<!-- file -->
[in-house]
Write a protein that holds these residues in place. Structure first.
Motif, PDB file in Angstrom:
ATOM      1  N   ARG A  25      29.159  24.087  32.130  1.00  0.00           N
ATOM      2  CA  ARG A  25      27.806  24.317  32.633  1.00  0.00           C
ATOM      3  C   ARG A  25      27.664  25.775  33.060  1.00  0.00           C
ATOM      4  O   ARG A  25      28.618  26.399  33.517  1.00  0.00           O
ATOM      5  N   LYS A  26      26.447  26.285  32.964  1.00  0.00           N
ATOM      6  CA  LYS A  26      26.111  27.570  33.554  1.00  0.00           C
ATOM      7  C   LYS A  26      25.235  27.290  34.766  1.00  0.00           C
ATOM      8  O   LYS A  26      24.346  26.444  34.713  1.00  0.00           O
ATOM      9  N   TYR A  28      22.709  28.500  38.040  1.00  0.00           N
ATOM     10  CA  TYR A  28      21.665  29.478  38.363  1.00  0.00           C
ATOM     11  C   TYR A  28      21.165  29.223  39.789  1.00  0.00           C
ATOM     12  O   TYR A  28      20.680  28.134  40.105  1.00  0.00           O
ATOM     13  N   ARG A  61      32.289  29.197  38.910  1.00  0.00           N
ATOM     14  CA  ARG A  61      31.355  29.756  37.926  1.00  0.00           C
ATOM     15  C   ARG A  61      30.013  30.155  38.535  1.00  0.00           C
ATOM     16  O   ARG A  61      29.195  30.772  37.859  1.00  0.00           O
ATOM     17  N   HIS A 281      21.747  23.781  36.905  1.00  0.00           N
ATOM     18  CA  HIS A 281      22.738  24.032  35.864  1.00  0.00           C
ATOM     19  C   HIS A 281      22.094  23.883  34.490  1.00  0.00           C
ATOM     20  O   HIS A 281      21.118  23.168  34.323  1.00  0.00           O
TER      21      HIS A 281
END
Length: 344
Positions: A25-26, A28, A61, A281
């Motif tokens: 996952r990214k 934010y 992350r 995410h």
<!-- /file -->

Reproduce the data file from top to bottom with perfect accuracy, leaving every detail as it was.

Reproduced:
[in-house]
Write a protein that holds these residues in place. Structure first.
Motif, PDB file in Angstrom:
ATOM      1  N   ARG A  25      29.159  24.087  32.130  1.00  0.00           N
ATOM      2  CA  ARG A  25      27.806  24.317  32.633  1.00  0.00           C
ATOM      3  C   ARG A  25      27.664  25.775  33.060  1.00  0.00           C
ATOM      4  O   ARG A  25      28.618  26.399  33.517  1.00  0.00           O
ATOM      5  N   LYS A  26      26.447  26.285  32.964  1.00  0.00           N
ATOM      6  CA  LYS A  26      26.111  27.570  33.554  1.00  0.00           C
ATOM      7  C   LYS A  26      25.235  27.290  34.766  1.00  0.00           C
ATOM      8  O   LYS A  26      24.346  26.444  34.713  1.00  0.00           O
ATOM      9  N   TYR A  28      22.709  28.500  38.040  1.00  0.00           N
ATOM     10  CA  TYR A  28      21.665  29.478  38.363  1.00  0.00           C
ATOM     11  C   TYR A  28      21.165  29.223  39.789  1.00  0.00           C
ATOM     12  O   TYR A  28      20.680  28.134  40.105  1.00  0.00           O
ATOM     13  N   ARG A  61      32.289  29.197  38.910  1.00  0.00           N
ATOM     14  CA  ARG A  61      31.355  29.756  37.926  1.00  0.00           C
ATOM     15  C   ARG A  61      30.013  30.155  38.535  1.00  0.00           C
ATOM     16  O   ARG A  61      29.195  30.772  37.859  1.00  0.00           O
ATOM     17  N   HIS A 281      21.747  23.781  36.905  1.00  0.00           N
ATOM     18  CA  HIS A 281      22.738  24.032  35.864  1.00  0.00           C
ATOM     19  C   HIS A 281      22.094  23.883  34.490  1.00  0.00           C
ATOM     20  O   HIS A 281      21.118  23.168  34.323  1.00  0.00           O
TER      21      HIS A 281
END
Length: 344
Positions: A25-26, A28, A61, A281
């Motif tokens: 996952r990214k 934010y 992350r 995410h």